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PUSH by Steve Snodgrass

Change is thrilling. Change is scary. Change is rejuvenating. Change is fast. Change is slow. Change happens.

My consulting endeavors take me all over the country and onto campuses of all shapes and sizes. Most of the time, I'm brought in to talk about social media and strategic communications. What generally happens is that social media are the lead-in to a greater conversation about organizational change and organizational communication. Organizations are usually eager to talk about change with an outsider like myself. I stroll onto campus and bring a new voice to the table. A lot of conversations about change consist of an "airing of grievances" or issues that the organization is dealing with. Oftentimes, I serve as sort of a sponge for these items. Reflecting on them and coming up with solutions, I try to extract the bad and promote the good. It sounds fairly simple, and you may be wondering what this has to do with social media, but everything within an organization is connected. If an organization cannot change how it operates on a regular basis, then it will definitely have issues with adopting social media into its structures.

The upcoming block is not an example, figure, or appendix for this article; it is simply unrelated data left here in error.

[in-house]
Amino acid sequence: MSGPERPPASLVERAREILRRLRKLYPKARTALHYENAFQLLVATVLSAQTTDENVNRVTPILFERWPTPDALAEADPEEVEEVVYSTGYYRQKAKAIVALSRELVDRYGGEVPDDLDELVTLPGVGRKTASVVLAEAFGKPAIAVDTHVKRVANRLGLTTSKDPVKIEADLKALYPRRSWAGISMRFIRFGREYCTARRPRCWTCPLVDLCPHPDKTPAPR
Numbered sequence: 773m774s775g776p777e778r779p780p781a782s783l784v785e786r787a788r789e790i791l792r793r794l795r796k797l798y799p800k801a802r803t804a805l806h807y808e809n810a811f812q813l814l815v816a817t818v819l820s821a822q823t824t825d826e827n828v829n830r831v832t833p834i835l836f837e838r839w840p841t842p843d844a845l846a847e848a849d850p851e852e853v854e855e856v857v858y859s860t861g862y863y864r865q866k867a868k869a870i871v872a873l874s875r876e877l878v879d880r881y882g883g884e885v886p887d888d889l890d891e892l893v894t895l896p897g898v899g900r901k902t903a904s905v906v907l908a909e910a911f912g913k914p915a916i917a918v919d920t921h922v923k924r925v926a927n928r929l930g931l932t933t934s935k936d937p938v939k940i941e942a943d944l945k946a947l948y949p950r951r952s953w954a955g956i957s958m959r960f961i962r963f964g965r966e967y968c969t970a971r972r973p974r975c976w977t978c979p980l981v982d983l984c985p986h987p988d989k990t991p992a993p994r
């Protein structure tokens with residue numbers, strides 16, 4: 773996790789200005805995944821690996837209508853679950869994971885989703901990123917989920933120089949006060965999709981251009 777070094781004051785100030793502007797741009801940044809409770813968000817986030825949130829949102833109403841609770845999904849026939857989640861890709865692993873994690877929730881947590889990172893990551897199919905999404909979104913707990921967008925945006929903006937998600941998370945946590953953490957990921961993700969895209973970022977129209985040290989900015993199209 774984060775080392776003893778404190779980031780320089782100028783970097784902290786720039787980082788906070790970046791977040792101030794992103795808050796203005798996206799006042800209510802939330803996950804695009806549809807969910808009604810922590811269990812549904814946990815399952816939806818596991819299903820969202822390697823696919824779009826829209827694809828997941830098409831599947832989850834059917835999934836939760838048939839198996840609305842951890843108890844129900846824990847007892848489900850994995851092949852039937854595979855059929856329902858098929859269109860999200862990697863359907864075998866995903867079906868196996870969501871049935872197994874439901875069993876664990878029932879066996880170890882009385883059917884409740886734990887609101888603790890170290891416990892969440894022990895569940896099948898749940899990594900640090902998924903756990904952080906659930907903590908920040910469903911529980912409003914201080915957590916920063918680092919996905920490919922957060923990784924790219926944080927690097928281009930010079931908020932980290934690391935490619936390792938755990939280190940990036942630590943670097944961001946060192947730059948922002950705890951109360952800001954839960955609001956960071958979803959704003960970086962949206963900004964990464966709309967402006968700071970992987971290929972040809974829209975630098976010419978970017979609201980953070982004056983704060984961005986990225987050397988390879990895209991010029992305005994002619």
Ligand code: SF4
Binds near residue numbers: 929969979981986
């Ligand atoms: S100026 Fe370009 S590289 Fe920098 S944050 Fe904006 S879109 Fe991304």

I was told by one organization that they didn't need to know about the basics for using social media and that they wanted to know "the next steps." My first question in response to their request: "What are you waiting for?" The organization was making moves in the sense that they had brought in an outside consultant, but they were stuck in the space between knowing that they should be doing something different and actually acting upon that information. My job was to push the start button and give everyone a boost.

One theme that is present at many schools is that there are always several people who truly "get it." People who are internally championing new initiatives and willing to experiment to improve and evolve. I immediately gravitate towards those individuals. My job is to help them in indirect ways. They know what to do. I connect the champions with the decision-makers. Ideally, they are one in the same, but that's not always the case. Getting people in leadership positions to acknowledge their internal champions is such a positive step towards organizational change. In my case, improved organizational communication - both internally and externally - via social media is the desired outcome.

It's the process of how change occurs, and the people who are at the forefront of it, that make all of the difference. Social media are not new. Organizations either evolve or they disappear. You have amazing people on your team. What are you waiting for?


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